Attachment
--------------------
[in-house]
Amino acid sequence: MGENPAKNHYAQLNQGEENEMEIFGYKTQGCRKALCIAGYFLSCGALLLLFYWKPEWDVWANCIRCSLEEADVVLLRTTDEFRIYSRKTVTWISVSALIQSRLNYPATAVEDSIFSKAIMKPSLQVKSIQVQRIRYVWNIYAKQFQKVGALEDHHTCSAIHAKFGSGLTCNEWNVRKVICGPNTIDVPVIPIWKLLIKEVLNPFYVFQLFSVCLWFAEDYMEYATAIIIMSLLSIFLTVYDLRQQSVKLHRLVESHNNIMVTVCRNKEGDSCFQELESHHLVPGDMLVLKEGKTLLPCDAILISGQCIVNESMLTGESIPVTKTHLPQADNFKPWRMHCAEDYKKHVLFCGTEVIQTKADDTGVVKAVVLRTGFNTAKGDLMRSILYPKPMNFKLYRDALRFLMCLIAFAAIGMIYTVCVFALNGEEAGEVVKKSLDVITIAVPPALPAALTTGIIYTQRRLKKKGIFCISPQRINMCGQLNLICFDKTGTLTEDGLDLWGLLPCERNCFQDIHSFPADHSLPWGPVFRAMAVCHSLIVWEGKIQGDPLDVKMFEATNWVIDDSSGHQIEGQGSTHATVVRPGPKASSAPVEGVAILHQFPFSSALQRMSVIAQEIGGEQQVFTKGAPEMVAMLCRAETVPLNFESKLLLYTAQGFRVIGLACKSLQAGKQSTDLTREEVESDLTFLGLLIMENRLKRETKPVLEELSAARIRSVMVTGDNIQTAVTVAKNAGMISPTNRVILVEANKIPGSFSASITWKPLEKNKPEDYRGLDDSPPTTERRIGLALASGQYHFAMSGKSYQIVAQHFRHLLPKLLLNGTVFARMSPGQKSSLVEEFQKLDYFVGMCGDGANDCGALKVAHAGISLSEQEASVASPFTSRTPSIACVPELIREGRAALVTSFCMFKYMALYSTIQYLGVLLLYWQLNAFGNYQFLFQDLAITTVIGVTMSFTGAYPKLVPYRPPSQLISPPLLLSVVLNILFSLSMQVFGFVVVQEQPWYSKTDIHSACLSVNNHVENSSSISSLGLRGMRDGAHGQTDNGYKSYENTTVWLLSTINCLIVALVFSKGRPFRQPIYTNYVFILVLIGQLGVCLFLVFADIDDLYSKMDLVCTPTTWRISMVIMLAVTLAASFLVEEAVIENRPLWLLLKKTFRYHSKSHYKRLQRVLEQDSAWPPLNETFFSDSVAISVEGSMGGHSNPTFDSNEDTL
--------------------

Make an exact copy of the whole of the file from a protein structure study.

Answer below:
[in-house]
Amino acid sequence: MGENPAKNHYAQLNQGEENEMEIFGYKTQGCRKALCIAGYFLSCGALLLLFYWKPEWDVWANCIRCSLEEADVVLLRTTDEFRIYSRKTVTWISVSALIQSRLNYPATAVEDSIFSKAIMKPSLQVKSIQVQRIRYVWNIYAKQFQKVGALEDHHTCSAIHAKFGSGLTCNEWNVRKVICGPNTIDVPVIPIWKLLIKEVLNPFYVFQLFSVCLWFAEDYMEYATAIIIMSLLSIFLTVYDLRQQSVKLHRLVESHNNIMVTVCRNKEGDSCFQELESHHLVPGDMLVLKEGKTLLPCDAILISGQCIVNESMLTGESIPVTKTHLPQADNFKPWRMHCAEDYKKHVLFCGTEVIQTKADDTGVVKAVVLRTGFNTAKGDLMRSILYPKPMNFKLYRDALRFLMCLIAFAAIGMIYTVCVFALNGEEAGEVVKKSLDVITIAVPPALPAALTTGIIYTQRRLKKKGIFCISPQRINMCGQLNLICFDKTGTLTEDGLDLWGLLPCERNCFQDIHSFPADHSLPWGPVFRAMAVCHSLIVWEGKIQGDPLDVKMFEATNWVIDDSSGHQIEGQGSTHATVVRPGPKASSAPVEGVAILHQFPFSSALQRMSVIAQEIGGEQQVFTKGAPEMVAMLCRAETVPLNFESKLLLYTAQGFRVIGLACKSLQAGKQSTDLTREEVESDLTFLGLLIMENRLKRETKPVLEELSAARIRSVMVTGDNIQTAVTVAKNAGMISPTNRVILVEANKIPGSFSASITWKPLEKNKPEDYRGLDDSPPTTERRIGLALASGQYHFAMSGKSYQIVAQHFRHLLPKLLLNGTVFARMSPGQKSSLVEEFQKLDYFVGMCGDGANDCGALKVAHAGISLSEQEASVASPFTSRTPSIACVPELIREGRAALVTSFCMFKYMALYSTIQYLGVLLLYWQLNAFGNYQFLFQDLAITTVIGVTMSFTGAYPKLVPYRPPSQLISPPLLLSVVLNILFSLSMQVFGFVVVQEQPWYSKTDIHSACLSVNNHVENSSSISSLGLRGMRDGAHGQTDNGYKSYENTTVWLLSTINCLIVALVFSKGRPFRQPIYTNYVFILVLIGQLGVCLFLVFADIDDLYSKMDLVCTPTTWRISMVIMLAVTLAASFLVEEAVIENRPLWLLLKKTFRYHSKSHYKRLQRVLEQDSAWPPLNETFFSDSVAISVEGSMGGHSNPTFDSNEDTL